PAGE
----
... "The difference between the Petrusich and Paz approaches can be gauged by the way they portray the one collector who appears in both their books, Joe Bussard of Frederick, Md., whose collection of about 25,000 discs is the product of six decades of what Ms. Petrusich calls “boots-on-the ground grunt work, pointedly removed from the estate-sale lurking most contemporary collectors indulge in.” She provides excerpts from a daylong conversation with him and tells us that “watching Joe Bussard listen to records is a spiritually rousing experience” in which he “sticks his tongue out, squeezes his eyes shut and bounces in his seat, waving his arms around like a weather vane.”

Mr. Paz’s photographs, in contrast, let the reader actually see the delight Mr. Bussard feels in listening to his collection, and instead of interpreting what Mr. Bussard says, uses a question-and-answer exchange that allows his clipped and cranky voice to be heard clearly. Here is Mr. Bussard on why he hates rock ’n’ roll: “Don’t like the sound of it, the meaning of it ... doesn’t promote anything meaningful. Idiotic noise, in my opinion.”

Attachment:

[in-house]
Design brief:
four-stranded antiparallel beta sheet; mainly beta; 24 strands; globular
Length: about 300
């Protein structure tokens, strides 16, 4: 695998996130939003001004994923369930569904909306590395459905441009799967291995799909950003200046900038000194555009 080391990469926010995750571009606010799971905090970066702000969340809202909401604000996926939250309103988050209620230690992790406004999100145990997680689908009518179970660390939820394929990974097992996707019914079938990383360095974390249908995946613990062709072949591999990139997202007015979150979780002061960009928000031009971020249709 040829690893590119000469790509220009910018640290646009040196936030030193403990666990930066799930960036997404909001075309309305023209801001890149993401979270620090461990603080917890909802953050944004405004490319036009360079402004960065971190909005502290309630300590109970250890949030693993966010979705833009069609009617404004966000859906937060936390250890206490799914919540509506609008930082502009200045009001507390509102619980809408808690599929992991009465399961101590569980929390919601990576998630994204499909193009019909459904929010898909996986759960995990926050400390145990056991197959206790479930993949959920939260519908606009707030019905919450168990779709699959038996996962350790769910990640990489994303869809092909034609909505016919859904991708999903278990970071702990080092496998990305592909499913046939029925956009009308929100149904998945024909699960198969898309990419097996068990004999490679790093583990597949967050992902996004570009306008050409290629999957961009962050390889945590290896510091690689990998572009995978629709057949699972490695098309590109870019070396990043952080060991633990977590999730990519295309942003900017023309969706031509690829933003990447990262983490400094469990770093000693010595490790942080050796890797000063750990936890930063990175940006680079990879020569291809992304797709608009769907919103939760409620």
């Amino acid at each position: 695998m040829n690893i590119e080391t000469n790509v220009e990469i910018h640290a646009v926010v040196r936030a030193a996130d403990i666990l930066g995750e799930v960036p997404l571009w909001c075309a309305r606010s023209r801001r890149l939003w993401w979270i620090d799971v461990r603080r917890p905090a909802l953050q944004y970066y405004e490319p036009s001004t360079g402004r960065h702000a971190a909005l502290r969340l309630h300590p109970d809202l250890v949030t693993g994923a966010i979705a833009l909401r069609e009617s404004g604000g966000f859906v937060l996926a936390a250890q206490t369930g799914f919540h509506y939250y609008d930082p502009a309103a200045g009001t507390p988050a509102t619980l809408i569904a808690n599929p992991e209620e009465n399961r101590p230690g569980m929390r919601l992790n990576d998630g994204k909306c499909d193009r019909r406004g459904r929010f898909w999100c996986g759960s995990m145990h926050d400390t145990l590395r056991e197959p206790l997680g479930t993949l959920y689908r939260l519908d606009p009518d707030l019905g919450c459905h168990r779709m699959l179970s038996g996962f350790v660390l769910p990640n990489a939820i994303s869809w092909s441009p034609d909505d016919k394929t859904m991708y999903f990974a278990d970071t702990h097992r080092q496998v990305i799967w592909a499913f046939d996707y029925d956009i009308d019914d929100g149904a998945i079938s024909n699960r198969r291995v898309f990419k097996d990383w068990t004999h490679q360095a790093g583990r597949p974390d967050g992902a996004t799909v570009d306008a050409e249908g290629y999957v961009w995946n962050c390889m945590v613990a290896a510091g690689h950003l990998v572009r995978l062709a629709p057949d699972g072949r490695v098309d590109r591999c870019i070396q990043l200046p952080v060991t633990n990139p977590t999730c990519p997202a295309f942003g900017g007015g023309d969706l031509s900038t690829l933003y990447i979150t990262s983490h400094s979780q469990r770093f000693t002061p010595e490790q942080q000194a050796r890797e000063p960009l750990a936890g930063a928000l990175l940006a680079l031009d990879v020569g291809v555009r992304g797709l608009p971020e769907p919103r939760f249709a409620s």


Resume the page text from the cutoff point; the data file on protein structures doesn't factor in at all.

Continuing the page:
Nana Love - Disco Documentary Full Of Funk



Out August 11 on BBE, who say "Nana Love - A “Disco Documentary Full Of Funk” proves that it stands the test of time by sounding as fresh and original as any other sought-after Disco / Soul Funk LP from the West coast of Africa in the late 70s.

BBE went on another crate-digging journey and found the original producer Reindorf Nana Oppong and the original master tapes were dusted off, transferred to digital. In the process of this, even unreleased material was discovered on the tapes, which makes this a rather special package.

“Nana Love - Disco Documentary Full Of Funk” is one special journey through Afro Disco & Boogie in the late 70s, and we at BBE can guarantee that you won’t be disappointed."


Thursday, July 24, 2014

Wild Style Breakbeats 7x7" Vinyl + Book from Kenny Dope



Described as "Kenny Dope revisits and edits the Wild Style soundtrack" - how good is that?

This includes 28 page book featuring new interviews and vintage photos from Wild Style archives. The Book doubles as a 7" vinyl holder ("Kay-Dee Casebook"). It features (7) 7" singles (13 songs total) featuring Kenny Dope edit versions from the Wild Style soundtrack.